Managing client relationships in the law can be incredibly challenging. Sometimes the legal work itself may not be particularly complex, but the challenges and stress that ensues as a result of a difficult client dynamic cultivates an environment of stress and overwhelm in its own right. Worse still, you might have the trifecta of troubled waters – your own ‘difficult’ client, the ‘other side’ who is also ‘difficult’, and a complex set of facts to navigate. Let’s not forget you also probably have a cohort of equally similar ‘difficult’ matters across your desk. It can all start to feel like a little too much. And perhaps invites you to question what you are doing wrong.
Ingredients: What makes a client ‘difficult’
The ‘difficult’ client can present itself in a variety of manifestations. Here are a few of the staple ingredients that can make a client ‘difficult’ by definition. You might find that the most challenging of your clients encapsulate a concoction of some, or even all, of the characteristics in this list.
- The one who isn’t all that keen on paying
This is the client who wants you to do the work yesterday, but doesn’t want to pay for it. They might not value or understand the legal skill, knowledge and time that goes into preparing that letter of advice, or how laborious it is to turn pages and pages of instructions into a succinct and well-structured affidavit. They don’t want to put funds into your firm’s trust account no matter how many times they’re asked. In theory, your firm’s “tools down” policy seems straightforward where there are no funds on account. But, the partner calls the client and they end up making a deposit. What this means for you though is the looming dread of urgently drafting court material tonight and finding a barrister to appear at short notice.
- The one who questions your advice
You’re the lawyer, with knowledge, skills and expertise in your chosen field. But, this particular client doesn’t seem to take much notice of that. They perhaps don’t like the advice you’ve given them and decide you must be wrong. Or their friend’s cousin twice removed who is not a lawyer gave them advice contrary to yours. Or they’ve done their own research and read X, Y or Z.
- The one who plays the blame game
This client may have difficulties regulating their own emotions, and they are quick to throw the blame in your direction. The client may have well created the predicament, and you’ve done your utmost to present the case in the best possible light, but it’s somehow still your fault.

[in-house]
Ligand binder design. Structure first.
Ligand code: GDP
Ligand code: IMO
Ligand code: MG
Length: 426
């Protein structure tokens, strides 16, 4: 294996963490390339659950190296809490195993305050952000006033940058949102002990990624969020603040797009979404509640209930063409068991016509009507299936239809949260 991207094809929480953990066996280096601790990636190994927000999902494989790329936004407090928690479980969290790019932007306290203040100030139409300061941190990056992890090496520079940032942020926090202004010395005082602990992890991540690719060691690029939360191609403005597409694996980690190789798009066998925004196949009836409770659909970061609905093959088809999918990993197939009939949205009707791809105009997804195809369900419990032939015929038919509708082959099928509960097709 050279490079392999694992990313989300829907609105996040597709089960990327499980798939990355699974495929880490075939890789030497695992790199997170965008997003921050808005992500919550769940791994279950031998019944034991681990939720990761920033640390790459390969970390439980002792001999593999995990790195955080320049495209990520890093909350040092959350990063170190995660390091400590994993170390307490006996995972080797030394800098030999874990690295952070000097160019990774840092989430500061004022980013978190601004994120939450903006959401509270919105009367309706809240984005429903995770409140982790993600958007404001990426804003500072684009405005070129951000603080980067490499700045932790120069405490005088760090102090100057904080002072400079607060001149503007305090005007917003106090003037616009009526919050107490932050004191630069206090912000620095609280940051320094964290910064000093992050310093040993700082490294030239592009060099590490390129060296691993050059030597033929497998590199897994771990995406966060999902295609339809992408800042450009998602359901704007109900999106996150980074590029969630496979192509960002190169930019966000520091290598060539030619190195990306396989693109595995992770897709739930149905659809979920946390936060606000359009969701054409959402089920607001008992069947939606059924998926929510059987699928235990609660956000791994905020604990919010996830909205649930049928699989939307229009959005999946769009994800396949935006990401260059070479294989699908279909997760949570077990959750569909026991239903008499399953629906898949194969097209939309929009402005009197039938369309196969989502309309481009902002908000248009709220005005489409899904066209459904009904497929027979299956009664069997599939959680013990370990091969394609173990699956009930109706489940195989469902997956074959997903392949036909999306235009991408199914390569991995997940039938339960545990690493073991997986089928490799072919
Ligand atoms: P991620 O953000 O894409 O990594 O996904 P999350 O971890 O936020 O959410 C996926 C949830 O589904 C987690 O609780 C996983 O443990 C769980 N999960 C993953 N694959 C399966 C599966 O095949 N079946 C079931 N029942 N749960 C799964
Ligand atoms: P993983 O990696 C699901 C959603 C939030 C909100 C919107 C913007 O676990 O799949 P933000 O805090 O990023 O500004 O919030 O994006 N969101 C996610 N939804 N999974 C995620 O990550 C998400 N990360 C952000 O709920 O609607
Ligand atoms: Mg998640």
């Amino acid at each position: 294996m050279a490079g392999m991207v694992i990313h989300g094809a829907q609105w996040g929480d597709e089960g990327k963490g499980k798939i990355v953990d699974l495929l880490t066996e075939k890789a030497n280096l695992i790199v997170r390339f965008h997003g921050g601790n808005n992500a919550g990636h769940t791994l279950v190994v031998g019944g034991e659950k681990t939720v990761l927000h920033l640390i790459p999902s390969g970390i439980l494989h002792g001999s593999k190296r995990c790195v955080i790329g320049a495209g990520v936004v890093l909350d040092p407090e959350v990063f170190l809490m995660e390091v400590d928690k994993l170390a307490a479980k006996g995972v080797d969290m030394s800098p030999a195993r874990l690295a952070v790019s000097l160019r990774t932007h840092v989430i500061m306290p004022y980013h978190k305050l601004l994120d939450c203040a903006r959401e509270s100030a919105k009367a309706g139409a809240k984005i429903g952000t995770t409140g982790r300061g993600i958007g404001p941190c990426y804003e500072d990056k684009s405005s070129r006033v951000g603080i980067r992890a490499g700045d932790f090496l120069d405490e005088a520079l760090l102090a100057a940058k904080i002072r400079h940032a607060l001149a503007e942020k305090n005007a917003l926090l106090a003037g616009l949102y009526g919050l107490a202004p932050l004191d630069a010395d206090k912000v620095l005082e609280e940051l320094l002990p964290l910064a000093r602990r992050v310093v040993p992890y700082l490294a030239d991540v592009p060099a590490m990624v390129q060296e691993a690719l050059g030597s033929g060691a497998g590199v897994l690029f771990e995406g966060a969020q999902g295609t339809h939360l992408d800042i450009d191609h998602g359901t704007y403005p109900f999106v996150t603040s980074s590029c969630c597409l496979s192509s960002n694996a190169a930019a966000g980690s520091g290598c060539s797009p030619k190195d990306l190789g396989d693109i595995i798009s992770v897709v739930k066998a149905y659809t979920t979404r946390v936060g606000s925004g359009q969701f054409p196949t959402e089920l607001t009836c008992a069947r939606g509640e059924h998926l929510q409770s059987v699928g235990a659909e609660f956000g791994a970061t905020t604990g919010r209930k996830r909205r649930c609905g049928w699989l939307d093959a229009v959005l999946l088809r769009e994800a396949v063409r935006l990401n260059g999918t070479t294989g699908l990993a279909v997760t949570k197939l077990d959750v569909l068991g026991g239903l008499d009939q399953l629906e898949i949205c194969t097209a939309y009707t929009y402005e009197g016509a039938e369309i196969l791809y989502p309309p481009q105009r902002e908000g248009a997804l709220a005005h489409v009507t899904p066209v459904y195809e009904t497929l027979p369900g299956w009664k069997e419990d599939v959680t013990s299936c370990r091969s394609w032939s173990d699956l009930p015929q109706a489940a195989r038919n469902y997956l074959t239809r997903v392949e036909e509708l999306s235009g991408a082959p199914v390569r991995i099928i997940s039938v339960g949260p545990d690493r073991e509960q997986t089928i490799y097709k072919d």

- The one who isn’t great at giving instructions
This encompasses the non-committal client who attempts to evade the responsibility of giving instructions altogether, the client who gives you their instructions at the eleventh hour meaning you’re left to rush the work the night before a deadline, and the client who sends copies of three years’ worth of bank statements to you in individual screenshots across multiple emails. Yikes!
- The one who is over involved
The over involved client struggles to let go of control and wants to micromanage the running of their case. They may send you a barrage of documents, which you meticulously sift through and finding nothing of any assistance. It’s simply a time waster. And it can undermine your competency. Who’s acting for who here?
- The one who is rude to non-legal staff
This client is nice as pie to you and anyone else with the title ‘lawyer’, but is dismissive and unappreciated to reception and other support staff.
- The one who always needs to talk to you
This is the client who thinks they are the only client you have, or if you do in fact have more clients, they just mustbe the most important. They don’t accept when you are in a conference and can’t take their call, or you don’t respond immediately to their email marked urgent (which, of course, isn’t actually urgent). What they want to talk to you about is not always strictly under the umbrella of legal advice, either.
So, you are certain you have some ‘difficult’ clients. I suppose you’re now thinking – is there actually anything I can do about it?
The reality is that demanding clients exist, and will continue to exist. Legal matters, particularly those that involve litigation and require judicial determinations, can be lengthy and protracted. Your interactions with a demanding client may be anything but fleeting. The answer isn’t to leave the law. While at the extreme end of the scale, ceasing to act for a particular client may well be the only appropriate course of action, it’s not feasible to end every client relationship that proves trying. Nor is it most often necessary. There are myriad of ways to appropriately prepare, respond and effectively manage a ‘difficult’ client.